NHS Greater Glasgow & Clyde Area Drug and Therapeutics Committee
Greater Glasgow and Clyde Medicines
Medicines Update Acute

Aztreonam and Temocillin (August 2014)

Information below is specific to the use of medicines in the adult setting.


The (non cystic fibrosis) use of carbapenems (e.g. meropenem) in NHSGGC has more than doubled since early 2010.  The potential consequence of this is increased emergence of multi-drug resistant gram negative bacteria (MDRGNB) and in particular, resistance to piperacillin/tazobactam (Tazocin®) and carbapenems (antibiotics usually of last resort). Cases of carbapenem resistant Klebsiella and Escherichia coli have been reported throughout the UK.

The Antimicrobial Management Team is strategically introducing 2 antibiotics (aztreonam and temocillin) into guidance, as alternative options to carbapenems and piperacillin/tazobactam, to reduce emergence of MDRGNB.

Increased use of these antibiotics will have financial implications as both are more expensive than piperacillin/tazobactam and carbapenems.  However in the long term this will be less than the cost of treating carbapenem resistant bacteria.  


  • It is a monobactam (monocyclic beta-lactam) antibiotic with activity against gram negative bacteria only.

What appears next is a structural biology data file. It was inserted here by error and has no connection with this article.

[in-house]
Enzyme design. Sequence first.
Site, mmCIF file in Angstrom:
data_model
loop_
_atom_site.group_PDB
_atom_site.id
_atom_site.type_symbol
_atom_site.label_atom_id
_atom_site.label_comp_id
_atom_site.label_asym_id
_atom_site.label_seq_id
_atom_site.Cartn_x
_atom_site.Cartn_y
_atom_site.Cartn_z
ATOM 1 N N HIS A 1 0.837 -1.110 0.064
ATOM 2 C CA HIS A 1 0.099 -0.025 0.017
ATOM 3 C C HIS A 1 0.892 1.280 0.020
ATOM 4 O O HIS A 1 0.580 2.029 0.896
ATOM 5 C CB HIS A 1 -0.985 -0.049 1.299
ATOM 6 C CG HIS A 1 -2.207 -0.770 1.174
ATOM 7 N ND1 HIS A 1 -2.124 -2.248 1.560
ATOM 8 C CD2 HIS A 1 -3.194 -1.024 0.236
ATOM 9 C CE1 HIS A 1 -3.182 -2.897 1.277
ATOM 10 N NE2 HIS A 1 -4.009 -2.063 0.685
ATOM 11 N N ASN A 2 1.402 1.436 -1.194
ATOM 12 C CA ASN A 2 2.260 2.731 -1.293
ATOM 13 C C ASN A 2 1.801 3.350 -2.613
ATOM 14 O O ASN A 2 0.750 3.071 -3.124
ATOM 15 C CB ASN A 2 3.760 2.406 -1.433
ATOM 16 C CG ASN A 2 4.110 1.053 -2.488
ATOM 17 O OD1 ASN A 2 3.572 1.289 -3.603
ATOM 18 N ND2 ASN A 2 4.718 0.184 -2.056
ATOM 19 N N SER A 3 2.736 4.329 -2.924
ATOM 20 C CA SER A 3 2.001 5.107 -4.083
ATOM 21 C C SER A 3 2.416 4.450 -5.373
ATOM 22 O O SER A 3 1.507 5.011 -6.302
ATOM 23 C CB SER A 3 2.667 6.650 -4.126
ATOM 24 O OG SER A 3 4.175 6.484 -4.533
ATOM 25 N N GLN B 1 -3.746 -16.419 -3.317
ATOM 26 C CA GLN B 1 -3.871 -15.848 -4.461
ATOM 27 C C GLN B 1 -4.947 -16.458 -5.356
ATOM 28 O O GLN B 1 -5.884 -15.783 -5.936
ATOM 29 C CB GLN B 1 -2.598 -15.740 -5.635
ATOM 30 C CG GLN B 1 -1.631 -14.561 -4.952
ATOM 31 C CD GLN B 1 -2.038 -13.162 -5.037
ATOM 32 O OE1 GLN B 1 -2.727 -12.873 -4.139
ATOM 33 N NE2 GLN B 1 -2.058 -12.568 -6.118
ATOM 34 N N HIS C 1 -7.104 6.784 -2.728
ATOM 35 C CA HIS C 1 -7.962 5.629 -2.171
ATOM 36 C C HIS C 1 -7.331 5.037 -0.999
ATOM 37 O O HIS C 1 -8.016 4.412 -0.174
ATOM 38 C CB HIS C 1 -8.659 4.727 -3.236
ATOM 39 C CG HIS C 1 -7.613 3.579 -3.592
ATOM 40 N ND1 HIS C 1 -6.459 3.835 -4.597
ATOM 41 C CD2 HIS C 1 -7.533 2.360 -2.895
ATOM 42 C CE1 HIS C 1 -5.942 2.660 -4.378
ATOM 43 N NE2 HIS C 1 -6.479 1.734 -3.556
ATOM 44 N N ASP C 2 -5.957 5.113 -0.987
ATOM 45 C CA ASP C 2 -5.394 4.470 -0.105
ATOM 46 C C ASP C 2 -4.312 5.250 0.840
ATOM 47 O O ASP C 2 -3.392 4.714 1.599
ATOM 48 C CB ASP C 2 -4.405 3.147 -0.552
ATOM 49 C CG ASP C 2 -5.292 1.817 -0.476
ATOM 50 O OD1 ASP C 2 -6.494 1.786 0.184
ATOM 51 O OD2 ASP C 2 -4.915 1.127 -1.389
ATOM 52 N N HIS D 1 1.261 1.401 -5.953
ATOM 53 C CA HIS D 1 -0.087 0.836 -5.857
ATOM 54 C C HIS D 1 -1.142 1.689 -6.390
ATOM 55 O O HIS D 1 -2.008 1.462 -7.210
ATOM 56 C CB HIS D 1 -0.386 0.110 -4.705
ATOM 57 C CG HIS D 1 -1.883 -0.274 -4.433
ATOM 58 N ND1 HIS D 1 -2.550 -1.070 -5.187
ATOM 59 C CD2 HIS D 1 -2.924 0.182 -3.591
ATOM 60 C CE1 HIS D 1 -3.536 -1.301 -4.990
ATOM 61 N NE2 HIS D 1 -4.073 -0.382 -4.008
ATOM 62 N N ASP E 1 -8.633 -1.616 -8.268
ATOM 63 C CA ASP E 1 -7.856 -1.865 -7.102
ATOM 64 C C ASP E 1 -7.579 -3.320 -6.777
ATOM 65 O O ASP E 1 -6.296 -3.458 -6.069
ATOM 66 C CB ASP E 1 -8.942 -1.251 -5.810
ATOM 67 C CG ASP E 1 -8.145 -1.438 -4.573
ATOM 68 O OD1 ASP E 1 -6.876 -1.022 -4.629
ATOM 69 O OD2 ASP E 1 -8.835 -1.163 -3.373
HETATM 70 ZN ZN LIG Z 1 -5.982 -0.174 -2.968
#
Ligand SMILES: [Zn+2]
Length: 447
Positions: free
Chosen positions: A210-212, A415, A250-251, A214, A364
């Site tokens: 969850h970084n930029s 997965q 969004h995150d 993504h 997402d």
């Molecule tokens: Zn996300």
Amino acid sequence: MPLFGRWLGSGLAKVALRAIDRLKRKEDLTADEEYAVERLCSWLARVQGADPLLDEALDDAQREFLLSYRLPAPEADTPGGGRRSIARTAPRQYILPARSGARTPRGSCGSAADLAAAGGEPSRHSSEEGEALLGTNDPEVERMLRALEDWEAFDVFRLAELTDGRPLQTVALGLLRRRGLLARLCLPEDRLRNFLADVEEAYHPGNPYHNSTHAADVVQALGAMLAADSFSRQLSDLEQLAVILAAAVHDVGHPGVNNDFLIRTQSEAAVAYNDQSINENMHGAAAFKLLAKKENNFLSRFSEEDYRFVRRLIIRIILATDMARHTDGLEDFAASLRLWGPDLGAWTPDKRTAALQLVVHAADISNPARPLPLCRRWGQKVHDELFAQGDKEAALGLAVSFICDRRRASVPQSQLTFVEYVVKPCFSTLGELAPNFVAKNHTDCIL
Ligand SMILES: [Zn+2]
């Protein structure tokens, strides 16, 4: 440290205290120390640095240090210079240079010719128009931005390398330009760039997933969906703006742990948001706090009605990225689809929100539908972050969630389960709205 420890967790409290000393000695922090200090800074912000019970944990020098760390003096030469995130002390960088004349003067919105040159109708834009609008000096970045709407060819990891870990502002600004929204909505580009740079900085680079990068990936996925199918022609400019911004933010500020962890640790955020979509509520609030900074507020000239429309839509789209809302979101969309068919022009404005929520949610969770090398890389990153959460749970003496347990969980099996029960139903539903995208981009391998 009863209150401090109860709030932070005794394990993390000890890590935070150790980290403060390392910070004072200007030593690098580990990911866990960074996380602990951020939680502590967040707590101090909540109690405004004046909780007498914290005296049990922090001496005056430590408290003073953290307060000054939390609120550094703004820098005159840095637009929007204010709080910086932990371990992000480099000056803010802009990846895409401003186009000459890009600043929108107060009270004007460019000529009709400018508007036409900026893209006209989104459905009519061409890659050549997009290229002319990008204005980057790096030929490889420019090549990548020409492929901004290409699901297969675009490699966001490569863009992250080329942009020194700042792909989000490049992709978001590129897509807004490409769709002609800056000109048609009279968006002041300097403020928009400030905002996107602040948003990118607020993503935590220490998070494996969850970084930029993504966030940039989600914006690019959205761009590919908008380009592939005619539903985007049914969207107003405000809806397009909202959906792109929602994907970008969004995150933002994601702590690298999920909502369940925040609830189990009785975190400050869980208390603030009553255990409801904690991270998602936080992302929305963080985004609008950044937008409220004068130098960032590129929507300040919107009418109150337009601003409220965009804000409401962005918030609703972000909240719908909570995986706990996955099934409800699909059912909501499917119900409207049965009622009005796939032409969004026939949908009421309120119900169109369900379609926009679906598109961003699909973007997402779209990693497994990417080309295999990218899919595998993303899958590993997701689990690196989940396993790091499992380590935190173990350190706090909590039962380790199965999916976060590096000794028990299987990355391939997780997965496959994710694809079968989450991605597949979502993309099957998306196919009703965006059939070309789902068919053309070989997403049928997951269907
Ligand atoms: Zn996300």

• Licensed indications include bacteraemia, urosepsis, pneumonia, and intra-abdominal sepsis.  
  • Within NHSGGC aztreonam is now indicated for various infections. Click here for further information.
  • The usual adult dose of aztreonam is 2 grams.  The frequency will vary depending on the severity of the infection being treated and the patient’s renal function.
  • It should be avoided in patients who have experienced anaphylaxis or angioedema to beta-lactam antibiotics, however, it may be considered with caution if any previous reaction has been limited to urticaria only.


  • It is a penicillin antibiotic with activity against Gram negative bacteria only (except Pseudomonas and Acinetobacter).
  • It is stable against a wide range of beta-lactamases. 
  • It is licensed for septicaemia, urosepsis and pneumonia.   
  • Within NHSGGC it is reserved for treatment of extended spectrum beta-lactamase infections in preference to meropenem.
  • The usual adult dose is 1-2 grams every 12 hours; adjust the dose according to renal function.
  • It is restricted to use on the advice of an infection specialist only (an Alert Antibiotic form must be completed and sent to pharmacy).


MDRGNB are increasing worldwide and prudent prescribing of carbapenems and piperacillin/tazobactam is essential in combating this threat.

Aztreonam and temocillin are alternative options to carbapenems and piperacillin/tazobactam to reduce the emergence of  MDRGNB.